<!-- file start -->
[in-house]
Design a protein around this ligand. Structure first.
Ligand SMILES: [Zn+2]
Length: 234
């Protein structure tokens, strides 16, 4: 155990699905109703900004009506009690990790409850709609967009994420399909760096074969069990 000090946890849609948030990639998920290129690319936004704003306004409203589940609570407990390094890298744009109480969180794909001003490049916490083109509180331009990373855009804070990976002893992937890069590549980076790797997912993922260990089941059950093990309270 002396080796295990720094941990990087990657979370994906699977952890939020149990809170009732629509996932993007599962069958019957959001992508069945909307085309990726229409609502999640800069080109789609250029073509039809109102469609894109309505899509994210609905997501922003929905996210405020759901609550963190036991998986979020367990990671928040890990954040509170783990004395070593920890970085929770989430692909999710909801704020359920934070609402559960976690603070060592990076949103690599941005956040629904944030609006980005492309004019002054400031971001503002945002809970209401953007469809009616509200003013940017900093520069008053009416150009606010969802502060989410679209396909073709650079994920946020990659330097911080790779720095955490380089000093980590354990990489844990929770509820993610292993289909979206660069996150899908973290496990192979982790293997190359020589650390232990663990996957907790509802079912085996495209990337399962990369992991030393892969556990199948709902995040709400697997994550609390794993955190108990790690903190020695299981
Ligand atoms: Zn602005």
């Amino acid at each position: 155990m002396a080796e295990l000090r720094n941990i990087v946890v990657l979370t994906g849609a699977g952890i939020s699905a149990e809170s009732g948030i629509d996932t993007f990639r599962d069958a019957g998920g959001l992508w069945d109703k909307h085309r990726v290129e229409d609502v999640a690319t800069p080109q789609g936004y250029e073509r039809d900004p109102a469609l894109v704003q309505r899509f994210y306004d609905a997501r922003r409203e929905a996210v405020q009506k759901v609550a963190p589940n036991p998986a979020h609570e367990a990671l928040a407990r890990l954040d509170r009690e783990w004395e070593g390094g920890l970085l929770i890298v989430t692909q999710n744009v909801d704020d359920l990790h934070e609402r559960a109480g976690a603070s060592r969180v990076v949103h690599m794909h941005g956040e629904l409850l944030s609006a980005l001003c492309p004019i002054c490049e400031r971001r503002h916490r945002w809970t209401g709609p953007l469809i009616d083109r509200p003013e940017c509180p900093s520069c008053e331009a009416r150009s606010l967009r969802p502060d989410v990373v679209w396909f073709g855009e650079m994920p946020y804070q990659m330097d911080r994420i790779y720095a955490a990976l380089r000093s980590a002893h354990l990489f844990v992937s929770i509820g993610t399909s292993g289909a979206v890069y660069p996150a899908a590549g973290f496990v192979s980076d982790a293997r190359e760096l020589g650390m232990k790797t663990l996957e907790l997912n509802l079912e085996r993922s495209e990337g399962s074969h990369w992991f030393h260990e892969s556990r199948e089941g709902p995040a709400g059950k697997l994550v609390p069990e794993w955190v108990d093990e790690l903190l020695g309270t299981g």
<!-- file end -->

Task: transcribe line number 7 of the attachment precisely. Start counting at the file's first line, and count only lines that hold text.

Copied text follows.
């Amino acid at each position: 155990m002396a080796e295990l000090r720094n941990i990087v946890v990657l979370t994906g849609a699977g952890i939020s699905a149990e809170s009732g948030i629509d996932t993007f990639r599962d069958a019957g998920g959001l992508w069945d109703k909307h085309r990726v290129e229409d609502v999640a690319t800069p080109q789609g936004y250029e073509r039809d900004p109102a469609l894109v704003q309505r899509f994210y306004d609905a997501r922003r409203e929905a996210v405020q009506k759901v609550a963190p589940n036991p998986a979020h609570e367990a990671l928040a407990r890990l954040d509170r009690e783990w004395e070593g390094g920890l970085l929770i890298v989430t692909q999710n744009v909801d704020d359920l990790h934070e609402r559960a109480g976690a603070s060592r969180v990076v949103h690599m794909h941005g956040e629904l409850l944030s609006a980005l001003c492309p004019i002054c490049e400031r971001r503002h916490r945002w809970t209401g709609p953007l469809i009616d083109r509200p003013e940017c509180p900093s520069c008053e331009a009416r150009s606010l967009r969802p502060d989410v990373v679209w396909f073709g855009e650079m994920p946020y804070q990659m330097d911080r994420i790779y720095a955490a990976l380089r000093s980590a002893h354990l990489f844990v992937s929770i509820g993610t399909s292993g289909a979206v890069y660069p996150a899908a590549g973290f496990v192979s980076d982790a293997r190359e760096l020589g650390m232990k790797t663990l996957e907790l997912n509802l079912e085996r993922s495209e990337g399962s074969h990369w992991f030393h260990e892969s556990r199948e089941g709902p995040a709400g059950k697997l994550v609390p069990e794993w955190v108990d093990e790690l903190l020695g309270t299981g």